Judson Bemis was a Boston manufacturer that came to Colorado Springs in 1881 most likely for his wife's health since she contracted tuberculosis. Bemis had this home built in 1885 to be a permanent house for his family, while he would return to Boston for most of the year to continue his work. The Bemis family was very active in Colorado Springs, taking part in founding or being members of many organizations dedicated to education, healthcare, banking, business, Day Care and nurseries. Made of Queen Anne, Colonial Revival and Stick architectural styles, this 10-room, three-story house (with additions made in 1886 and 1887) would in recent years become apartment housing.


  • Judson Moss Bemis
    Judson Moss Bemis
  • Alice Cogswell Bemis
    Alice Cogswell Bemis
  • The Judson Bemis House as it looks today
    The Judson Bemis House as it looks today
  • Portrait of Alice Bemis Taylor. Can be found in Bemis Hall, located in Colorado College.
    Portrait of Alice Bemis Taylor. Can be found in Bemis Hall, located in Colorado College.

Judson Moss Bemis and his wife, Alice Cogswell Bemis, moved to Colorado Springs in 1881 for her health. She may have had tuberculosis. The house was built in 1885 and became the permanent home of Alice Bemis and their daughter, Alice; Judson Moss Bemis lived in the home several months a year and conducted business and lived the rest of the year in Boston. He was the founder of J. M. Bemis Company.

In Colorado Springs, Bemis founded the Business Administration and Banking School, was a trustee of Colorado College and donated monies for the Jackson and Bemis Halls. Alice Cogswell Bemis founded the Day Care Center in 1897. The couple's daughter, Alice Bemis Taylor, donated monies to Colorado College, helped fund the construction of the Colorado Springs Fine Arts Center and the Colorado Springs Day Nursery, and provided scholarships. She was the first woman trustee of Colorado College, founded the Bemis-Taylor Child Guidance Clinic, and in 2010 was inducted into the Colorado Women's Hall of Fame.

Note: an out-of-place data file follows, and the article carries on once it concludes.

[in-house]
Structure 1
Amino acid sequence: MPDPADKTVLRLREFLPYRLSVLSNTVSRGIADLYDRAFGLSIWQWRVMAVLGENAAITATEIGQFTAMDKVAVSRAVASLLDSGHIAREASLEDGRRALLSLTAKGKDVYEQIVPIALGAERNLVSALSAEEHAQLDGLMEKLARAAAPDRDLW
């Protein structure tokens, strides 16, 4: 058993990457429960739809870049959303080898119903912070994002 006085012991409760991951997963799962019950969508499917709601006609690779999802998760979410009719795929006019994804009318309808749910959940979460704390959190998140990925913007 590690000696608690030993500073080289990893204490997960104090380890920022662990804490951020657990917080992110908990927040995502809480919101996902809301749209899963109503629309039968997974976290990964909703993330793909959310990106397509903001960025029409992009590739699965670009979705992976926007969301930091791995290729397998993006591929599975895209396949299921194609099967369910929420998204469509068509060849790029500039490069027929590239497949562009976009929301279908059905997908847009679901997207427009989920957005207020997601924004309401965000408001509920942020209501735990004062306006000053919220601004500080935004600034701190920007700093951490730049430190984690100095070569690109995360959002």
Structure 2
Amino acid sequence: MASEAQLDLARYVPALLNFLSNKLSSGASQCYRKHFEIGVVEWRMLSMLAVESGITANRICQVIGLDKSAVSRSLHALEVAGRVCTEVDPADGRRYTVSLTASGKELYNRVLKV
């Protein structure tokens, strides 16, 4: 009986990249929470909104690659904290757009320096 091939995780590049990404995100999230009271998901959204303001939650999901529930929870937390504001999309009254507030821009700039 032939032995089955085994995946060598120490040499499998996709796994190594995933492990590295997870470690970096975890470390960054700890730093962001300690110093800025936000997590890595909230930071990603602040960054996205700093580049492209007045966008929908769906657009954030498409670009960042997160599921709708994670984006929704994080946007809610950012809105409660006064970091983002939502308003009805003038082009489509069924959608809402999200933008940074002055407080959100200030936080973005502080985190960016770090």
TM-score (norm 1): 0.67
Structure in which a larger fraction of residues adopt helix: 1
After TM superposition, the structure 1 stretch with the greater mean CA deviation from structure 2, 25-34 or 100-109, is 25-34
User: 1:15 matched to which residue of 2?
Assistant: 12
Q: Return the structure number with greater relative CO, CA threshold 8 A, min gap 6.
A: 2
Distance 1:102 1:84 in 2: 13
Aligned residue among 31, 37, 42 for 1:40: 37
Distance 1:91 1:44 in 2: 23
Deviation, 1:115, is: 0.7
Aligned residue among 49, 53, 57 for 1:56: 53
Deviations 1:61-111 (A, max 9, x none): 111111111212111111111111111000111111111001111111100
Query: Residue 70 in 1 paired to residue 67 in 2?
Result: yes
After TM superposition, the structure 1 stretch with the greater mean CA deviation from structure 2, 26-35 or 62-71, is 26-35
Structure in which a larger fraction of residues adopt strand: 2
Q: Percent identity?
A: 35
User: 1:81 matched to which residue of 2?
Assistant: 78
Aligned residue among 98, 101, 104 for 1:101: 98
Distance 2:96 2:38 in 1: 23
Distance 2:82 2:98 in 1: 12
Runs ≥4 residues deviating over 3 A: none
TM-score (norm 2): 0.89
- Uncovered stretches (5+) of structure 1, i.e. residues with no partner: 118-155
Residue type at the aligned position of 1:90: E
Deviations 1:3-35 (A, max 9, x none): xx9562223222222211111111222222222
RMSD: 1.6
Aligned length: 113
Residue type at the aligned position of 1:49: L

The Bemis House, designed by W. F. Ellis, is a blend of architectural styles, including Queen Anne, Colonial Revival and Stick architectural styles. The three story home originally had 10 rooms and a partial basement, and received additions in 1886 and 1887. After 90 years the home was converted into an apartment house with 10 apartments based upon designs by architects MacLaren and Thomas.

Dot Williams and Ruth Williams purchased the Bemis House and the neighboring historic home to create Hearthstone Inn. The second house was built in 1900. For a period of time it was a boarding house for individuals with tuberculosis. The buildings were restored and renovated as an inn with a restaurant and 25 rooms. The architects for the project were Al Feinstein of Colorado Springs and William Odum of Dallas. The inn and its antiques were purchased by David and Nancy Oxenhandler in 1999 for $1,925,000. In 2005 it was sold to Griffis/ Blessing Investment Services.

  1. "Judson Moss Bemis House - NRHP Nomination Form" (PDF). National Register of Historic Places.
  2. "Alice Bemis Taylor". Colorado Women's Hall of Fame.
  3. Naomi P. Kraus (22 February 2005). Frommer's USA. John Wiley & Sons. p. 695. 
  4. Jim Bainbridge (November 16, 2005). "Historic inn sold Hearthstone will reopen after renovation". The Gazette (accessed via HighBeamResearch.com). Colorado Springs, CO.